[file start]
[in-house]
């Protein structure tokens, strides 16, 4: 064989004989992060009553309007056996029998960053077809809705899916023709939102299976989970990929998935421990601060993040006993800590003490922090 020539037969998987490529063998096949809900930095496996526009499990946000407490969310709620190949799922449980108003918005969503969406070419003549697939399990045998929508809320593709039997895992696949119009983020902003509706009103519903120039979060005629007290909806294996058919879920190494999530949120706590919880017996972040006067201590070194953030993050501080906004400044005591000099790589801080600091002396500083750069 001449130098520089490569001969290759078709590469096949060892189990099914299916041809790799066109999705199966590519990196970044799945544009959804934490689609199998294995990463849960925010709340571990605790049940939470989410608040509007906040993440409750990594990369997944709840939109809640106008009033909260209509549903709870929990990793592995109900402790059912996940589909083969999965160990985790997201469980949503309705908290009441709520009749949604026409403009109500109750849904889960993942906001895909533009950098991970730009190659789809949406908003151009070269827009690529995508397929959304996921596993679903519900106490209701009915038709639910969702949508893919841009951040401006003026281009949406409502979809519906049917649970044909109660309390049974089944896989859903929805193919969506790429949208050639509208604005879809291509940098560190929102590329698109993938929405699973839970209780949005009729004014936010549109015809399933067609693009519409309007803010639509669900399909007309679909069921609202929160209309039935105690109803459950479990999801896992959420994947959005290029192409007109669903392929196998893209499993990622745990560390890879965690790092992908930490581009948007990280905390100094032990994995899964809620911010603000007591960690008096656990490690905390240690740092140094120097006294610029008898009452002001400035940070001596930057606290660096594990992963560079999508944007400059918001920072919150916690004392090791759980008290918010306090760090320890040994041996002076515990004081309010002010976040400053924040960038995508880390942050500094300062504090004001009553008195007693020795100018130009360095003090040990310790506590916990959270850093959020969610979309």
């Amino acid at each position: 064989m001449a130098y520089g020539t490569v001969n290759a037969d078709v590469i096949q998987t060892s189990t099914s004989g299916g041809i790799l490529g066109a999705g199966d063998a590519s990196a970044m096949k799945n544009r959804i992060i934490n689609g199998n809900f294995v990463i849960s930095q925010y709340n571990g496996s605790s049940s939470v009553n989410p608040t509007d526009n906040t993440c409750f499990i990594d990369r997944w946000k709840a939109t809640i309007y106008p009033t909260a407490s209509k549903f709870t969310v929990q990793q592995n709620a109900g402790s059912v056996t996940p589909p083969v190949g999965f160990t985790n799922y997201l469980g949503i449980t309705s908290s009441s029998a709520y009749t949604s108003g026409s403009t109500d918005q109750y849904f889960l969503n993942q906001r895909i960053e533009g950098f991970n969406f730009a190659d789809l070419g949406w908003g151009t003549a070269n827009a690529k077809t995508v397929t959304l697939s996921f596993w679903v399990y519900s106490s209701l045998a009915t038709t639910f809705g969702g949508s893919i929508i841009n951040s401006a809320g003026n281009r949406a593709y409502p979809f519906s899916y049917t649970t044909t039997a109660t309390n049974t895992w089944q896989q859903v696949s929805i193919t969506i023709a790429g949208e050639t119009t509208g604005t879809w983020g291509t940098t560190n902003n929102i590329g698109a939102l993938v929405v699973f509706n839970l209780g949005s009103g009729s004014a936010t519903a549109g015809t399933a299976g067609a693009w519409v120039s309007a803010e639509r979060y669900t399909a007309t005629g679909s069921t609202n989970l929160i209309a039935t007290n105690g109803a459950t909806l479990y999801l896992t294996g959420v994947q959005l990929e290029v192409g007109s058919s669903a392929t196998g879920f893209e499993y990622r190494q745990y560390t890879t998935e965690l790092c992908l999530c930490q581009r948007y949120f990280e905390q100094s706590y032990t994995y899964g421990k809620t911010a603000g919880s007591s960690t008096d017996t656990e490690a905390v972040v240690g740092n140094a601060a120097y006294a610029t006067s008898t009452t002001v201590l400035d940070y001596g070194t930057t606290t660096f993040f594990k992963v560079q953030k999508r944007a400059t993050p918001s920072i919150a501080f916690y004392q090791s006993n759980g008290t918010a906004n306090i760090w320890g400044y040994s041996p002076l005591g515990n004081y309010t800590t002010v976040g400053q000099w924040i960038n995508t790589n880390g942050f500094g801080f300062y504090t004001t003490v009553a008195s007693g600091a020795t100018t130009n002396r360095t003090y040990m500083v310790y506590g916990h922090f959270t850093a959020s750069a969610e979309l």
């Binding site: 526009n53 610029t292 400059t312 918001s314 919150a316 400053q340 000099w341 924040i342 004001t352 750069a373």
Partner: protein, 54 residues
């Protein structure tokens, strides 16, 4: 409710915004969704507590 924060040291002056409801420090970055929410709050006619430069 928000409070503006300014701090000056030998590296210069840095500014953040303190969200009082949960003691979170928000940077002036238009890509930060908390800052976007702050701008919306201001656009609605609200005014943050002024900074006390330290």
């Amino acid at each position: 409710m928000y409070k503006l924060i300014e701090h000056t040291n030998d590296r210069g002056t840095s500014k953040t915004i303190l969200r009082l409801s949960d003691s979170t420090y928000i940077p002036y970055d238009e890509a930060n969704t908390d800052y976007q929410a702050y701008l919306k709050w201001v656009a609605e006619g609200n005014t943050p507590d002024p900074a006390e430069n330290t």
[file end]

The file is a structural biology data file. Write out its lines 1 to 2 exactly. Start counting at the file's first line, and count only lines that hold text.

[in-house]
């Protein structure tokens, strides 16, 4: 064989004989992060009553309007056996029998960053077809809705899916023709939102299976989970990929998935421990601060993040006993800590003490922090 020539037969998987490529063998096949809900930095496996526009499990946000407490969310709620190949799922449980108003918005969503969406070419003549697939399990045998929508809320593709039997895992696949119009983020902003509706009103519903120039979060005629007290909806294996058919879920190494999530949120706590919880017996972040006067201590070194953030993050501080906004400044005591000099790589801080600091002396500083750069 001449130098520089490569001969290759078709590469096949060892189990099914299916041809790799066109999705199966590519990196970044799945544009959804934490689609199998294995990463849960925010709340571990605790049940939470989410608040509007906040993440409750990594990369997944709840939109809640106008009033909260209509549903709870929990990793592995109900402790059912996940589909083969999965160990985790997201469980949503309705908290009441709520009749949604026409403009109500109750849904889960993942906001895909533009950098991970730009190659789809949406908003151009070269827009690529995508397929959304996921596993679903519900106490209701009915038709639910969702949508893919841009951040401006003026281009949406409502979809519906049917649970044909109660309390049974089944896989859903929805193919969506790429949208050639509208604005879809291509940098560190929102590329698109993938929405699973839970209780949005009729004014936010549109015809399933067609693009519409309007803010639509669900399909007309679909069921609202929160209309039935105690109803459950479990999801896992959420994947959005290029192409007109669903392929196998893209499993990622745990560390890879965690790092992908930490581009948007990280905390100094032990994995899964809620911010603000007591960690008096656990490690905390240690740092140094120097006294610029008898009452002001400035940070001596930057606290660096594990992963560079999508944007400059918001920072919150916690004392090791759980008290918010306090760090320890040994041996002076515990004081309010002010976040400053924040960038995508880390942050500094300062504090004001009553008195007693020795100018130009360095003090040990310790506590916990959270850093959020969610979309």